City Distributes Over $2.6 Million in CARES Funds to Help Community

Published on November 19, 2020

Bright image of Kirkland CARES with a neon we're open sign

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Joy Johnston
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KIRKLAND, Wash. – Over the past several months, the City of Kirkland has distributed over $2.6 million in CARES Act funds, including $1.22 million to human service organizations, $1.1 million to small businesses, and $300,000 to arts and culture programs. The Federal Coronavirus Aid, Relief, and Economic Security (CARES) Act was passed by Congress in March. The funding is intended to provide financial assistance for sectors of the community that are facing economic hardship due to the COVID-19 pandemic.

“COVID-19 has impacted Kirkland residents who are particularly vulnerable to economic instability, and it’s often human service organizations that provide critical lifelines in a crisis,” said Kirkland City Councilmember Toby Nixon. “With the CARES Act funding, the City has been able to offer more extensive rental, mortgage and utility assistance as well as outreach and cultural navigation services to ensure that populations who have been disproportionately impacted by COVID-19 receive access to the resources they need.”

The funding has also made it possible for human service organizations to provide access to much needed day services for women and families experiencing homelessness; expanded the capacity of local agencies to provide scholarships to day camps; and increased access to food and basic supplies for residents who need them. The City has also helped stabilize agencies by covering some of the unexpected expenses related to COVID-19.

Last month, the City of Kirkland began distributing $5,000 grants through the Kirkland CARES Small Business Relief Fund to small businesses and nonprofits. The City received over 280 applications in August and September. Though the program was originally designed to provide funding for 150 small businesses, the City is utilizing a second allocation from Washington State to strive to fund all applicants that met the eligibility requirements.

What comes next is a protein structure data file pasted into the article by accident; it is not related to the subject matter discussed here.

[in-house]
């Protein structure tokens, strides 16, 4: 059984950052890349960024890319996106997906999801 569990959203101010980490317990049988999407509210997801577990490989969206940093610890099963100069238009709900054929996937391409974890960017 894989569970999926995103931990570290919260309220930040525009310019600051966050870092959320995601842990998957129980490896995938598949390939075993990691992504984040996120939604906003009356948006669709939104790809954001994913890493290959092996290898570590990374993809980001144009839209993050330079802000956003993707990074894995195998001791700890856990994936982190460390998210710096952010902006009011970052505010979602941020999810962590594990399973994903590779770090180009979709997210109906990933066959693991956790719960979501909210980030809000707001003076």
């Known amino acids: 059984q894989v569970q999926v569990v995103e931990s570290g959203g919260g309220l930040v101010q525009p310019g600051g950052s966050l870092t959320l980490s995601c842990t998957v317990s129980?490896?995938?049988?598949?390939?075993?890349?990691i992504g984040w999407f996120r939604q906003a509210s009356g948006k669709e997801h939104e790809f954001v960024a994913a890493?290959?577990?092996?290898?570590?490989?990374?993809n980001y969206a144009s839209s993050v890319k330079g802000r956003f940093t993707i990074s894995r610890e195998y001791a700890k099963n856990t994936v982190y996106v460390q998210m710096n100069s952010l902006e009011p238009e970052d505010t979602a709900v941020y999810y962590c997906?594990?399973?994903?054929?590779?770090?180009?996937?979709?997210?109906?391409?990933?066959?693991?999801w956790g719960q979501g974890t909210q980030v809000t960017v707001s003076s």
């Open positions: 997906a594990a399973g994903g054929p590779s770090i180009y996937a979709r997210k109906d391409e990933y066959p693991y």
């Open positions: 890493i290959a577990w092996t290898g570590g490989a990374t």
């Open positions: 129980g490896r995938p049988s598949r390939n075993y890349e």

The community’s safety and well-being is the City of Kirkland’s top priority. The City’s leadership and staff have actively sought ways to protect and support residents and businesses since the first reported death related to COVID-19 in the US occurred in Kirkland on February 29, 2020. In addition to distributing CARES Act grants, collaboration between the City of Kirkland, Google, Greater Kirkland Chamber of Commerce, and Banner Bank in March led to the creation of the Kirkland Small Business Relief Fund to provide immediate grants to qualifying small businesses and nonprofits. Earlier this year, the City Council adopted the Human Services Stabilization Fund that provided grants to providers of emergency shelter and day center services, food, rental assistance and behavioral health. The preliminary 2021-2022 City Budget, currently under consideration, allocates significant funding for housing and human services, and the City has recently launched, an initiative to assist Kirkland businesses with recovery as well as help them take vital steps toward digital transformation so they can reach and transact with customers in the future.

“Many of Kirkland’s small businesses have suffered dramatic declines in revenue,” said Kirkland Councilmember Jon Pascal. “People have lost livelihoods and are struggling to make ends meet. The CARES Act funds are just one way we are trying to bridge financial gaps in the community, and we’ll continue to look for meaningful and innovative ways to support the community through this challenging time.”

In addition to distributing CARES Act funds to human service organizations and businesses, the City also distributed $300,000 in CARES Act funds to arts organizations including the Kirkland Performance Center, the Kirkland Arts Center and Studio East. The pandemic has been devastating for arts organizations, forcing layoffs and in some cases, potentially permanent closures.

“The arts contribute to both the economy and quality of life,” said Deputy Mayor Jay Arnold. “It’s vital that we sustain arts organizations now so the vibrancy and public value that they provide can continue to benefit the Kirkland community into the future.”

For more information about resources for those impacted by the COVID-19 pandemic, please visit the City’s website.